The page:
Paul Stutzman lost his wife to cancer. A Mennonite by birth and a restaurant manager by trade, Stutzman was used to being home and staying close. His family was very conservative, his life was under control. But the loss of his beloved Mary threw him for a loop he could not handle.
Unsure of how to grieve, he set off on a journey to find peace in his loss. This is not uncommon. What was a bit uncommon was that Stutzman decided to make his journey on the Appalachian Trail.
He hiked all 2,187 miles of the Appalachian Trail on a journey to find peace, to find God. He picked the wettest year of recent history (2008) and spent most of his 3 month long trek in mud and rain. He and the half dozen other hikers who appear in his book Hiking Through endured storm after storm all the way up the Appalachians. Mourning his loss, hiking through the rain and snow, and missing the birth of his first grandchild – it could have been worse, but I’m not sure how.
But Stutzman did it, and along the way he found new hope in his life. He found peace with his wife’s passing. He found a renewed faith in the God of all.
I have read a couple of books about hiking the AT. My personal favorite, A Walk in the Woods by Bill Bryson, casts the trail in a humorous but slightly whiny way. (Don’t get me wrong. I love Bryson’s book.) This book, Hiking Through, had a very different take on the trail. For one thing, Stutzman was in much better condition than Bill and his friend Steven Katz. For another, Stutzman had a reason for hiking other than writing a book.
The two books are very different, not only because of the authors but also because of the trail. Bryson section hiked a large chunk of the AT in 1996 and Stutzman thru-hiked in 2008. The separation of twelve years changed the trail quite a bit. The trail is far more popular now, thanks in part to Bryson’s book, and so there is a lot more interest in it.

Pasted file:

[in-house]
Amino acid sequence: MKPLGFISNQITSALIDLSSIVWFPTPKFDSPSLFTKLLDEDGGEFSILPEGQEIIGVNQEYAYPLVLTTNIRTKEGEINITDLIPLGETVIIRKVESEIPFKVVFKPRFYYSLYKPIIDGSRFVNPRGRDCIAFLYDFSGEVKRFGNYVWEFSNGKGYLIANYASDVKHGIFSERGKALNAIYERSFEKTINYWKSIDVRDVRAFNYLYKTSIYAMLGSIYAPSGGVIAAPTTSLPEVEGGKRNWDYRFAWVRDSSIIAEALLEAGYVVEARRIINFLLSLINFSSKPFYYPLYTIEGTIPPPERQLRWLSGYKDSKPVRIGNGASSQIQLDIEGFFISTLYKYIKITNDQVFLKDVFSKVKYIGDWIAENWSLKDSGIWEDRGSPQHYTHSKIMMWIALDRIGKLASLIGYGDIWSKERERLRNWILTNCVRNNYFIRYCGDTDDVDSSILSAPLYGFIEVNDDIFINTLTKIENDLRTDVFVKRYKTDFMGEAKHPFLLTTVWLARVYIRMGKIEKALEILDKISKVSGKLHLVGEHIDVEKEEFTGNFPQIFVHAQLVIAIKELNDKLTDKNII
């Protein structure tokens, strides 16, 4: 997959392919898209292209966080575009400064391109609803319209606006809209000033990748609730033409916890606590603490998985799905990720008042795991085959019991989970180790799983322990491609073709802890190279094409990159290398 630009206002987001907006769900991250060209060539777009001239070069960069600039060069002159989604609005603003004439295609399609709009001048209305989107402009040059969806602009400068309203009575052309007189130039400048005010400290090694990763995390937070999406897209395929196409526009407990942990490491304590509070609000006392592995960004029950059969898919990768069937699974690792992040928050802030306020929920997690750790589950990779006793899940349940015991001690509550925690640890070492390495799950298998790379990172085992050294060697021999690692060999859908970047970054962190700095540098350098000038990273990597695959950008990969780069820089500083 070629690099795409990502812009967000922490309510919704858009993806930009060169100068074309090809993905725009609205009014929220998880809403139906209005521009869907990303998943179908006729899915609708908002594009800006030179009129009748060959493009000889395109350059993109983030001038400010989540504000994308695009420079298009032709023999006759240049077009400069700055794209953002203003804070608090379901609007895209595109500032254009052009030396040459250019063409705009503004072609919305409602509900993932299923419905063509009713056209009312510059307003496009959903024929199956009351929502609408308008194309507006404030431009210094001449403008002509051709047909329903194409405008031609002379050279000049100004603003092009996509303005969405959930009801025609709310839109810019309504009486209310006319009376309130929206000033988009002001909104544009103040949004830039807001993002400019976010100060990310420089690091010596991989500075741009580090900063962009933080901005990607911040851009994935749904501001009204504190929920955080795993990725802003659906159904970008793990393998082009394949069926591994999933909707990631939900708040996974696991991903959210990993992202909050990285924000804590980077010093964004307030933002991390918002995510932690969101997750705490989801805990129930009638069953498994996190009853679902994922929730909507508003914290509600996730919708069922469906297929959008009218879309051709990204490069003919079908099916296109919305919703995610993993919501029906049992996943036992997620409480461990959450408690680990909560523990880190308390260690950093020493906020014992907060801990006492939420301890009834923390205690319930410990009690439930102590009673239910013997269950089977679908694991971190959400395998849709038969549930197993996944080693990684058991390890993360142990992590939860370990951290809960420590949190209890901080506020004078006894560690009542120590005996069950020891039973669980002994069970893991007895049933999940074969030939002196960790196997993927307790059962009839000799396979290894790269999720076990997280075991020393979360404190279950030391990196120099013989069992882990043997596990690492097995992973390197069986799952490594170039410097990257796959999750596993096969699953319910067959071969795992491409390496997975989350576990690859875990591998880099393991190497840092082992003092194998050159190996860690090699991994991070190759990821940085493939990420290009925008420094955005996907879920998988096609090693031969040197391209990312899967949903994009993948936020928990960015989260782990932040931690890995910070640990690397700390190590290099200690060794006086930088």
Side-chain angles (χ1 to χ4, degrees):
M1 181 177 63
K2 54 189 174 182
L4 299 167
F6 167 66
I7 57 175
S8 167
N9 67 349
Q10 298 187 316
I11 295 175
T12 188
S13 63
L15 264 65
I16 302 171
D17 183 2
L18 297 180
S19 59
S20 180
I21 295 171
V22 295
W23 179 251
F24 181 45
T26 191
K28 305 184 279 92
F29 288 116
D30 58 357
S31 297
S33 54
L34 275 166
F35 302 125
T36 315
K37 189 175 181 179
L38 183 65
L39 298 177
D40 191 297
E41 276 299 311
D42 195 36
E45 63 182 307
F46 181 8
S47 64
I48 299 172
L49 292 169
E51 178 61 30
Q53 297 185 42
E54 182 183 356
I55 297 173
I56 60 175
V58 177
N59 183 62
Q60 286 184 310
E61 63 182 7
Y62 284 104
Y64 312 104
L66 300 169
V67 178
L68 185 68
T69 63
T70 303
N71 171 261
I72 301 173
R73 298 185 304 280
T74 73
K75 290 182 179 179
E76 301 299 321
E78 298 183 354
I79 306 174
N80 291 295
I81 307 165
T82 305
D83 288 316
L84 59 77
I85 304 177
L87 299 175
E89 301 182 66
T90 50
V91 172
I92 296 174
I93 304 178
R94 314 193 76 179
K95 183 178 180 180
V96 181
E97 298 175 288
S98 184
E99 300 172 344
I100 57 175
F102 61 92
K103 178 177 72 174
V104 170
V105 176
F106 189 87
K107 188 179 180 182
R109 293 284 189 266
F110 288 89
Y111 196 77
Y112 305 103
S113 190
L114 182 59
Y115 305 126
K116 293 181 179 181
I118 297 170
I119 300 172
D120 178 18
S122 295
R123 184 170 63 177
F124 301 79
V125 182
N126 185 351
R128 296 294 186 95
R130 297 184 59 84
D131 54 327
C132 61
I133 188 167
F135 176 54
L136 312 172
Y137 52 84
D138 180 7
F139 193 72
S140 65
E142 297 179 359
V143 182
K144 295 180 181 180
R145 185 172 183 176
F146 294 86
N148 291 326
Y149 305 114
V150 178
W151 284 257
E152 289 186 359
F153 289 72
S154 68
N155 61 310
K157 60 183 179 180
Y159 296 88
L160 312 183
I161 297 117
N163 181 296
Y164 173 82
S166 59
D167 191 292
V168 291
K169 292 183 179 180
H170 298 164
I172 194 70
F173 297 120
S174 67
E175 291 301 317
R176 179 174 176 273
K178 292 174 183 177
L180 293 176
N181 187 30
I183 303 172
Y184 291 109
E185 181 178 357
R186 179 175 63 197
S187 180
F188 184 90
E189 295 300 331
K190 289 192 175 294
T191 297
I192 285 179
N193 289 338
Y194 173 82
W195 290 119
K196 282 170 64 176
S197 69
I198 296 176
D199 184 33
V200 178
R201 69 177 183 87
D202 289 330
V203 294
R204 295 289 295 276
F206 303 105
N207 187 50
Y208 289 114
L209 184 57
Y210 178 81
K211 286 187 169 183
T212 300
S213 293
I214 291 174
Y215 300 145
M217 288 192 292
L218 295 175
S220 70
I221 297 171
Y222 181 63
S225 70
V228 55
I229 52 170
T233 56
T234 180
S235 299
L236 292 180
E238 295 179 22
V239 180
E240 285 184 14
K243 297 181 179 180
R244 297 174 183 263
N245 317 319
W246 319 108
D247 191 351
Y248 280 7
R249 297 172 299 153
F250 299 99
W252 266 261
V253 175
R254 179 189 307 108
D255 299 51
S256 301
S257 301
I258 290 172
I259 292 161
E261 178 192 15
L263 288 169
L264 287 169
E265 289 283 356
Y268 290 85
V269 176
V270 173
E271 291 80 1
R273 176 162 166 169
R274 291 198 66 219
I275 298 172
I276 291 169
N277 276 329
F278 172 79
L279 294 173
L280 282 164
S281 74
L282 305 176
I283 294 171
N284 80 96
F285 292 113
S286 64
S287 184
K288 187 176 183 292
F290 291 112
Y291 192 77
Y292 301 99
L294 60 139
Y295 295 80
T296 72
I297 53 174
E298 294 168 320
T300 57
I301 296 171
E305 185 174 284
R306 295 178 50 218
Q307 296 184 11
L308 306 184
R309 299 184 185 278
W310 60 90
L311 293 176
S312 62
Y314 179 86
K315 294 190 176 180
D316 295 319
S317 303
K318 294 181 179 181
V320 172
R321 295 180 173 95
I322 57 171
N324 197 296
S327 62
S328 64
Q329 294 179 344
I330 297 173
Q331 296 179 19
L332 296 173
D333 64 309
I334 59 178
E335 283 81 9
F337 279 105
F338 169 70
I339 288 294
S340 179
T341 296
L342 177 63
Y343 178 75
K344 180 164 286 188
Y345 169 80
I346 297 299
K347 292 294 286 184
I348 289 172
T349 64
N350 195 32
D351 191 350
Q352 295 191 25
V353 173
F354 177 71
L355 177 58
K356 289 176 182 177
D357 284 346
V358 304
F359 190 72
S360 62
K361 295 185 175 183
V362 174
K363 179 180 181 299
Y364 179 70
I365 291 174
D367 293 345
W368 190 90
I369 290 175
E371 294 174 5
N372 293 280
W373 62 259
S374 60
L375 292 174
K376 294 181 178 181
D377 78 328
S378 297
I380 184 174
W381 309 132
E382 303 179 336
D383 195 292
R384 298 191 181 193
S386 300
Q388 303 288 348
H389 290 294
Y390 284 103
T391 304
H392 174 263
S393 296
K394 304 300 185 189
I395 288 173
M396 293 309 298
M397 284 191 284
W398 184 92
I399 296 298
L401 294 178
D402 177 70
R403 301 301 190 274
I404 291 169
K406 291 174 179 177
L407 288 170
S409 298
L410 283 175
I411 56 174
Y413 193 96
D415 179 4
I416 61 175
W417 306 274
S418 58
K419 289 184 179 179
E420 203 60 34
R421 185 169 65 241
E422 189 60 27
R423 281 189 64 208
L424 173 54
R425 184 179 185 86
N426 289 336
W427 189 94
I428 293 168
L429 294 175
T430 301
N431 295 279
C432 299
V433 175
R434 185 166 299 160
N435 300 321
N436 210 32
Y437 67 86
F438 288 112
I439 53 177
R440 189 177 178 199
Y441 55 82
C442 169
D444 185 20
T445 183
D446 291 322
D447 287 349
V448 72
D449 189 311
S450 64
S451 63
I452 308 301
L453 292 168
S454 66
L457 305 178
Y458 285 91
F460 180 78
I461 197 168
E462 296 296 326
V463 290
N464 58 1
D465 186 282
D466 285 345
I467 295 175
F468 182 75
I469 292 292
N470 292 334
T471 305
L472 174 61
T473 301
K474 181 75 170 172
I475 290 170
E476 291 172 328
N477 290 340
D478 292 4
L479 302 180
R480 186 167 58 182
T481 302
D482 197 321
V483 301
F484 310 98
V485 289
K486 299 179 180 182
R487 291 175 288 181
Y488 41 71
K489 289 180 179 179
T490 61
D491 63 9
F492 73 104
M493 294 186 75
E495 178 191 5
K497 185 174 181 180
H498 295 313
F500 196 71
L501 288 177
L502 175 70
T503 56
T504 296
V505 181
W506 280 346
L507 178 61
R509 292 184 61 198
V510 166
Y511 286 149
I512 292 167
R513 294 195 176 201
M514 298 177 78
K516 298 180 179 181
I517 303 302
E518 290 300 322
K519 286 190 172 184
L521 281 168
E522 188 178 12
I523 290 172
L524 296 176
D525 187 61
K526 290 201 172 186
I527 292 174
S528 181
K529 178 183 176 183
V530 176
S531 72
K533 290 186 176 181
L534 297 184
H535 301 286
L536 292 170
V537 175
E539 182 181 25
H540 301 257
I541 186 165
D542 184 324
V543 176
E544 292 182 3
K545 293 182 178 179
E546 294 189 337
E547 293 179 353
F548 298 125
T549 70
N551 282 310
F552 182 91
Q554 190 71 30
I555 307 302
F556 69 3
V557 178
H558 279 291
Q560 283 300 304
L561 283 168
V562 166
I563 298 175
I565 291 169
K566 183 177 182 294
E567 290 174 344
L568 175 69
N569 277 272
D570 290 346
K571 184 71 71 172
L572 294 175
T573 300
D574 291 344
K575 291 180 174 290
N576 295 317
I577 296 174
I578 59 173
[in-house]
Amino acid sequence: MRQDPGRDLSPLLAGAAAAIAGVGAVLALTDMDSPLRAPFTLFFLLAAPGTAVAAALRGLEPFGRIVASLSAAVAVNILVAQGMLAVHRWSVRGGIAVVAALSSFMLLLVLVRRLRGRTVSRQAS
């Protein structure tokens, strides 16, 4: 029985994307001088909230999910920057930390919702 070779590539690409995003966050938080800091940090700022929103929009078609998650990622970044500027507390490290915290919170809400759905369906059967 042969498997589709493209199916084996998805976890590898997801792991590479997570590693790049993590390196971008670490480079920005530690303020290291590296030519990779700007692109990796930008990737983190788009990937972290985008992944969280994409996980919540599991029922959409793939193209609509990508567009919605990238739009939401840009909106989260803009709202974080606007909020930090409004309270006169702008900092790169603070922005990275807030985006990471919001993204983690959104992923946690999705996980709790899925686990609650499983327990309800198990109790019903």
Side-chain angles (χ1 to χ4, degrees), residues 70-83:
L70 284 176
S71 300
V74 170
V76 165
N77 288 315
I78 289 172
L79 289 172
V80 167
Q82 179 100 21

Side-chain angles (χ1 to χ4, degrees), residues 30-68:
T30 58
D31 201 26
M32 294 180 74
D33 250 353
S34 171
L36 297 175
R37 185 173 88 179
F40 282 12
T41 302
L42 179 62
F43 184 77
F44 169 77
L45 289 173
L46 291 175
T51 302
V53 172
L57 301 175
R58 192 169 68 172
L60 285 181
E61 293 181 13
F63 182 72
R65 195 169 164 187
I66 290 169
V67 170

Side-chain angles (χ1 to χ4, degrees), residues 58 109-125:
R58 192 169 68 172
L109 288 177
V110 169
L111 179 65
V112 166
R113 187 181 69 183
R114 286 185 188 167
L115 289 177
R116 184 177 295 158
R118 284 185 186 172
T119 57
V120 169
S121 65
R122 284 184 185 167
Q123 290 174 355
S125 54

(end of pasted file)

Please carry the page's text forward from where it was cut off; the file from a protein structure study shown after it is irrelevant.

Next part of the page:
Hiking as a whole is far more popular now, and the equipment is vastly, dramatically better. Bryson walked with a giant pack, carrying mostly dehydrated noodles and snickers bars. Stutzman hiked with an efficient pack, wearing high tech shoes and eating all kinds of prepared foods.
Another difference is that Bryson and Katz were incredibly unprepared for the hike. Their knowledge of walking and hiking was limited mostly to the midwest and Europe, where ambles are possible. The AT is not an amble and the ill-equipped are miserable. As a result, where Bryson complains of wilderness conditions and maddening shortages of food. Stutzman, on the other hand, came prepared. He knew what he was doing. Bryson, as much as I love him, had no clue.
I love both books for different reasons. Bryson’s book left me laughing so hard I fell out of bed but also having the sneaking suspicion that normal people should stay away from the AT. Stutzman sparked something in my mind, and I thought, “Yeah, I could do that – well, except for sleeping outside.”
(My idea of roughing it is a hotel without a continental breakfast.)